Unley Community Sustainability Advisory Group member Peter Croft, who recommended the trial, said the orchard would provide food for residents and help build a sense of community. “Imagine going to a park for a barbecue and being able to get a lemon straight off a tree to season your meat,” Mr Croft, of Parkside, said. “The idea is to encourage people to grow more in their backyards. This is one of a series (and) hopefully there will be lots more orchards planted.” Under the trial, residents with dead or dying street trees can also apply to the council to have them replaced with fruit trees.

Unley general manager Steven Faulkner welcomed the project. “For a relatively small establishment cost, and given food security and the rising costs of fresh produce are topical, this is considered an innovative trial,” Mr Faulkner told the Eastern Courier Messenger in an emailed statement. Plans for another 20 orchard sites are being investigated by the council. The trial is part of the council’s Food Security Strategy, which was endorsed last year.

Read the original article by Emily Griffiths

Public fruit trees seems to be a hot topic around the world at the moment, see the post on Guerilla Grafters in San Francisco -JB


Guerrilla Grafters: Turning street trees into fruit trees

Posted in Movements by Kate Archdeacon on August 2nd, 2012

Source: The Atlantic Cities

 

From “Should Public Trees Bear Fruit?” by Amy Biegelsen:

There’s a block in San Francisco that will soon be blossoming with cherries, plums and pears, but Tara Hui will not say where. That’s because she’s worried that backlash from city officials or unsympathetic citizens will halt the progress she and her fellow Guerrilla Grafters have made splicing fruit-bearing branches on to city trees.

Grafting trees is as simple as cutting a branch from one kind of tree and sticking it into a notch in another, securing it with sturdy tape and hoping that the new branch thrives. It’s as old as the Bible and widely used today in industrial agriculture.

Hui hopes the method will help bring food to under-served parts of the city like her neighborhood, Visitacion Valley, which she says is basically a food desert.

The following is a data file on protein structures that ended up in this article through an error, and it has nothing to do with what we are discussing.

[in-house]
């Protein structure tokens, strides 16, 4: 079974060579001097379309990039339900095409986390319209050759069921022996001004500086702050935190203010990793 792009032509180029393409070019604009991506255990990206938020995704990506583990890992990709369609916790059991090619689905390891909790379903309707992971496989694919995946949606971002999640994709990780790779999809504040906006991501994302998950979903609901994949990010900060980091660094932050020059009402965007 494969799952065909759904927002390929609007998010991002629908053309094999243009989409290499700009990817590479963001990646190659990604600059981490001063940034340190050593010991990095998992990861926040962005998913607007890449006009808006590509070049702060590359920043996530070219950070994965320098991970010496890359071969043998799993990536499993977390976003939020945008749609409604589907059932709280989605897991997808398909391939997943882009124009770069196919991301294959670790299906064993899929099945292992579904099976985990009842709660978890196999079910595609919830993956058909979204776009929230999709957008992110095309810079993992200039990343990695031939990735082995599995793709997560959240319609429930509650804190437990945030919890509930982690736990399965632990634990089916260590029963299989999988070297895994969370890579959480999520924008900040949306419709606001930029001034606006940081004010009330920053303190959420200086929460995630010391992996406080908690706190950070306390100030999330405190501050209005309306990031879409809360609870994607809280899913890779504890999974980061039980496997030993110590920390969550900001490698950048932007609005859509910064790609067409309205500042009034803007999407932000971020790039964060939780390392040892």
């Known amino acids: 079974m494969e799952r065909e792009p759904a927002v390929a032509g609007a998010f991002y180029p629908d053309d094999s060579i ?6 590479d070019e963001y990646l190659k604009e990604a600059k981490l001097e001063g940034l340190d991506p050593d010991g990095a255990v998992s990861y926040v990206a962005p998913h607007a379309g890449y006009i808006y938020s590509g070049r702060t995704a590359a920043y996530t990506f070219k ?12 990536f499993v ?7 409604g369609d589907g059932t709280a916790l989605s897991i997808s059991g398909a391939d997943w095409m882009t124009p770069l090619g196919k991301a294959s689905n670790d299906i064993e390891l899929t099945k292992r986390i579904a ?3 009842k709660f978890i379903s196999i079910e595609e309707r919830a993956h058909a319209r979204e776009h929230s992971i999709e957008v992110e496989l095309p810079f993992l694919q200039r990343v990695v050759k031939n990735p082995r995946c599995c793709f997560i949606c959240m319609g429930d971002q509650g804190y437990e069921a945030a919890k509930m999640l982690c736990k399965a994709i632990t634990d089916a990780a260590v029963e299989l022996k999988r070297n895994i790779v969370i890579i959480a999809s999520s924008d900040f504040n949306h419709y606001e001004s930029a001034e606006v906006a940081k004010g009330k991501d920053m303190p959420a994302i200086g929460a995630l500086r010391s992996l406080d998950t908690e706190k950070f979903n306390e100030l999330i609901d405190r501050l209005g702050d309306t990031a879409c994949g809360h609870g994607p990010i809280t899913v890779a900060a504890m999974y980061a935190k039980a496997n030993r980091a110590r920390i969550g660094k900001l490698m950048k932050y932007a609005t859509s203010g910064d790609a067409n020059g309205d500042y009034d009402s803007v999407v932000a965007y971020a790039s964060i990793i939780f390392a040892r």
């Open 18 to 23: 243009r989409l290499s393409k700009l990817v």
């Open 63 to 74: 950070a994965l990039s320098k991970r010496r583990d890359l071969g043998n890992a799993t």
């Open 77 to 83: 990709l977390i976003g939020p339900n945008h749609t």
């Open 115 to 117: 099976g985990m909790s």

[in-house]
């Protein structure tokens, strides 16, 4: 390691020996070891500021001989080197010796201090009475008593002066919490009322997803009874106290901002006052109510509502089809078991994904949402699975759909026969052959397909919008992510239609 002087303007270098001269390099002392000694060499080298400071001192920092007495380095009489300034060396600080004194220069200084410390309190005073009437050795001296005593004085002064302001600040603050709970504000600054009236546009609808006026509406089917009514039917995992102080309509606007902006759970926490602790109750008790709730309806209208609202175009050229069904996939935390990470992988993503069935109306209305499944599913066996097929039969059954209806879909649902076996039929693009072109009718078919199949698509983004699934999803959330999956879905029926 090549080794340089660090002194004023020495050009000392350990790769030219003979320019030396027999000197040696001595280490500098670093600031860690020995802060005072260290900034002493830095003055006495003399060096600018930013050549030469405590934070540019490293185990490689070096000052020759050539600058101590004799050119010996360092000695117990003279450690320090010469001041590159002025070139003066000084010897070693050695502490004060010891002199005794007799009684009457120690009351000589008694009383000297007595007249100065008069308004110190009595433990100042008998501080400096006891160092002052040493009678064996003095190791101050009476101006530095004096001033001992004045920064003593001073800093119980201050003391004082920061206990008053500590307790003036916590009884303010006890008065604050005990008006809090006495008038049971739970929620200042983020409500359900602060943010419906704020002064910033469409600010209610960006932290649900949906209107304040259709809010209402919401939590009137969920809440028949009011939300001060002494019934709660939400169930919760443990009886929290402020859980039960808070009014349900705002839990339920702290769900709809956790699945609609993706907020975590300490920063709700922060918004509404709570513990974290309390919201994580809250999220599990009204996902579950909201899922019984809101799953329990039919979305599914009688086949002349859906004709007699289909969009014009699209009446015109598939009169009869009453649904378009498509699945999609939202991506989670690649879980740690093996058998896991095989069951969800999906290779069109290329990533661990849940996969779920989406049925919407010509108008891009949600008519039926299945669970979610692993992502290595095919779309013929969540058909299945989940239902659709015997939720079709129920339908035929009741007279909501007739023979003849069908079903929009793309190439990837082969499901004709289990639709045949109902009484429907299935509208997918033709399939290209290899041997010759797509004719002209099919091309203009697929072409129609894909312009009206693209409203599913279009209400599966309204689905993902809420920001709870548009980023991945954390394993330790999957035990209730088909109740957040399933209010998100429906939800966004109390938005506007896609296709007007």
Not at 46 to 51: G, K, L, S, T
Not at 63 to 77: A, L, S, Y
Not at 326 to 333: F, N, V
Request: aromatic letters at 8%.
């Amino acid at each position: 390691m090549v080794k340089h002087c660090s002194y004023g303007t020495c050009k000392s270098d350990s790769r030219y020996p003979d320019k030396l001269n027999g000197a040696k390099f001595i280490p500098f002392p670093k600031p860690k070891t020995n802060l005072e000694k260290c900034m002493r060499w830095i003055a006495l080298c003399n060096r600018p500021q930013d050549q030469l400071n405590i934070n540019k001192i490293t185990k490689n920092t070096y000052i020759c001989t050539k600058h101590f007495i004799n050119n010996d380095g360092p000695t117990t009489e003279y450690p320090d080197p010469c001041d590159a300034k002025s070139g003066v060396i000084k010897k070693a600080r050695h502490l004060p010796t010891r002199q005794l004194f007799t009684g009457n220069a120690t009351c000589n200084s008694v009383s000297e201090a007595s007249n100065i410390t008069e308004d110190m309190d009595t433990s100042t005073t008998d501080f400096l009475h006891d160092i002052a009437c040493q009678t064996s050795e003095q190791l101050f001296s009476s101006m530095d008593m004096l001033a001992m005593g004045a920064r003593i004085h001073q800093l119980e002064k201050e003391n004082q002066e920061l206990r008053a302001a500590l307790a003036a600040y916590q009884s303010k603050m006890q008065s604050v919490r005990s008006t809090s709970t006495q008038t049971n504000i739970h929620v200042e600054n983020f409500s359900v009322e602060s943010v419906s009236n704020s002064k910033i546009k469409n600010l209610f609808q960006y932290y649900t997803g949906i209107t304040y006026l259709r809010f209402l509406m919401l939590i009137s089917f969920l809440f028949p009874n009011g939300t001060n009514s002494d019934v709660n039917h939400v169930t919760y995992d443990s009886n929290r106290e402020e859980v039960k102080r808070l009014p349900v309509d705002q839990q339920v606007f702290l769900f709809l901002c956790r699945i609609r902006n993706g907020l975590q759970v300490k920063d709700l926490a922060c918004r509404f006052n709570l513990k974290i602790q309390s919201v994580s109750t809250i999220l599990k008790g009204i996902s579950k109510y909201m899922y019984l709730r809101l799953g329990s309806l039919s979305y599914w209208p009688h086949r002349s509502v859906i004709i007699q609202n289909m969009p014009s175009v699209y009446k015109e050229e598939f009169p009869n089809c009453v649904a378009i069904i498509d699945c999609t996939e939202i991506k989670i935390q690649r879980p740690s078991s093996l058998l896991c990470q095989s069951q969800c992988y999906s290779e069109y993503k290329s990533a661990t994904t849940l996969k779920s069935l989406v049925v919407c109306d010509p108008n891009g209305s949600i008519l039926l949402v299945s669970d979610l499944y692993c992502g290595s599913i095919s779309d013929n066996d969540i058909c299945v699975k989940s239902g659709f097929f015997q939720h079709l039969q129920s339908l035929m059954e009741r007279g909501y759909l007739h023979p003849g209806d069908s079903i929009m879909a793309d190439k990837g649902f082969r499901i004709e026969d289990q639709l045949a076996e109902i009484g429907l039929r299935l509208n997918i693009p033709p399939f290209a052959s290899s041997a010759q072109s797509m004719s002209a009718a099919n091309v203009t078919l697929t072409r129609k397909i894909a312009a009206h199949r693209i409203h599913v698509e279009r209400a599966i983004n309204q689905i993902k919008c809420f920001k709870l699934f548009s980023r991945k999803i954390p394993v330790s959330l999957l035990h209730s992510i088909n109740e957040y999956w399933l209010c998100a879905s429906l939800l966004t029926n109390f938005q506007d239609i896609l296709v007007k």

“There’s a lot of discussion about what kind of policy we need to get businesses to come to this neighborhood to sell fresh produce or even organic,” she says. Over the years she’s advocated for bringing fruit trees into the city’s urban forestry mix. “If all goes well it might even spawn some kind of cottage industry like canning or jamming,” she says.

But first things first.

Her campaign with city agencies hadn’t drawn any takers, “so finally out of frustration I thought why not just do it, and do it responsibly, and that could be a case to convince them,” she says. About a year ago, the Guerrilla Grafters were born as a horizontally organized band of fellow agro-activists who wanted to help sew{sic} an urban orchard.

Hui sees maintaining data as a key element of the project. “It’s difficult to counter an argument without any data to disprove it,” she says. The grafters are working on a mapping application with data on tree type and location in hopes that the citizen science will bolster their project and any future negotiating they may need to do.

[…]

Hui points out that the group is careful to only splice into locations where a volunteer has offered to monitor and maintain the tree, “so it really comes to us rather than us going out looking for it,” she says. Volunteers are watching in neighborhoods from the Sunnydale housing projects to the tony Hayes Valley, vigilant against a pest infestation that could spoil the pilot program.

Read the full article by Amy Biegelsen or visit the Guerrilla Grafters site.